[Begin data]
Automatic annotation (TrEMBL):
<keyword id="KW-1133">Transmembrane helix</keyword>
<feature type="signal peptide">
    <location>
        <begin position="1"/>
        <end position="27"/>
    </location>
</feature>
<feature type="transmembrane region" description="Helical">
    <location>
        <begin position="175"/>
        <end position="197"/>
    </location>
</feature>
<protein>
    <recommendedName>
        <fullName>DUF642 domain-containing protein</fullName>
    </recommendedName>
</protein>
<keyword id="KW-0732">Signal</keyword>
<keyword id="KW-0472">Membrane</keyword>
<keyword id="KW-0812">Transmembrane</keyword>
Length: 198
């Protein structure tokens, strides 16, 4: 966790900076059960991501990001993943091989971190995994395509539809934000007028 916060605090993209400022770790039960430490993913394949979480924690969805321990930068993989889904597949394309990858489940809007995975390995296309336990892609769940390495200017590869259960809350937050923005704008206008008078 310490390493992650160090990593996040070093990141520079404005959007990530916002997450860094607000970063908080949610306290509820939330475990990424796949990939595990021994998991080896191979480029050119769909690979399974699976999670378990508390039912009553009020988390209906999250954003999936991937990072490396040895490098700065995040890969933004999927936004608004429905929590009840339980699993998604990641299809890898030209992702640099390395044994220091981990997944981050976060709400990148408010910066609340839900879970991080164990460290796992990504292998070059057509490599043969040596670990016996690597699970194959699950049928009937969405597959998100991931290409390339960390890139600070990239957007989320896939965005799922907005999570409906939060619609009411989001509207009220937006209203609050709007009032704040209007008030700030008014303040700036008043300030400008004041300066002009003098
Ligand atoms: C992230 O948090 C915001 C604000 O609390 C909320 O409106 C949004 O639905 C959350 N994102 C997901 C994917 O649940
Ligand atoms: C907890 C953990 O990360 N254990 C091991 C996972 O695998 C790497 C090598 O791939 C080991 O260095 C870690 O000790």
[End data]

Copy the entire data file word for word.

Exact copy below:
Automatic annotation (TrEMBL):
<keyword id="KW-1133">Transmembrane helix</keyword>
<feature type="signal peptide">
    <location>
        <begin position="1"/>
        <end position="27"/>
    </location>
</feature>
<feature type="transmembrane region" description="Helical">
    <location>
        <begin position="175"/>
        <end position="197"/>
    </location>
</feature>
<protein>
    <recommendedName>
        <fullName>DUF642 domain-containing protein</fullName>
    </recommendedName>
</protein>
<keyword id="KW-0732">Signal</keyword>
<keyword id="KW-0472">Membrane</keyword>
<keyword id="KW-0812">Transmembrane</keyword>
Length: 198
């Protein structure tokens, strides 16, 4: 966790900076059960991501990001993943091989971190995994395509539809934000007028 916060605090993209400022770790039960430490993913394949979480924690969805321990930068993989889904597949394309990858489940809007995975390995296309336990892609769940390495200017590869259960809350937050923005704008206008008078 310490390493992650160090990593996040070093990141520079404005959007990530916002997450860094607000970063908080949610306290509820939330475990990424796949990939595990021994998991080896191979480029050119769909690979399974699976999670378990508390039912009553009020988390209906999250954003999936991937990072490396040895490098700065995040890969933004999927936004608004429905929590009840339980699993998604990641299809890898030209992702640099390395044994220091981990997944981050976060709400990148408010910066609340839900879970991080164990460290796992990504292998070059057509490599043969040596670990016996690597699970194959699950049928009937969405597959998100991931290409390339960390890139600070990239957007989320896939965005799922907005999570409906939060619609009411989001509207009220937006209203609050709007009032704040209007008030700030008014303040700036008043300030400008004041300066002009003098
Ligand atoms: C992230 O948090 C915001 C604000 O609390 C909320 O409106 C949004 O639905 C959350 N994102 C997901 C994917 O649940
Ligand atoms: C907890 C953990 O990360 N254990 C091991 C996972 O695998 C790497 C090598 O791939 C080991 O260095 C870690 O000790």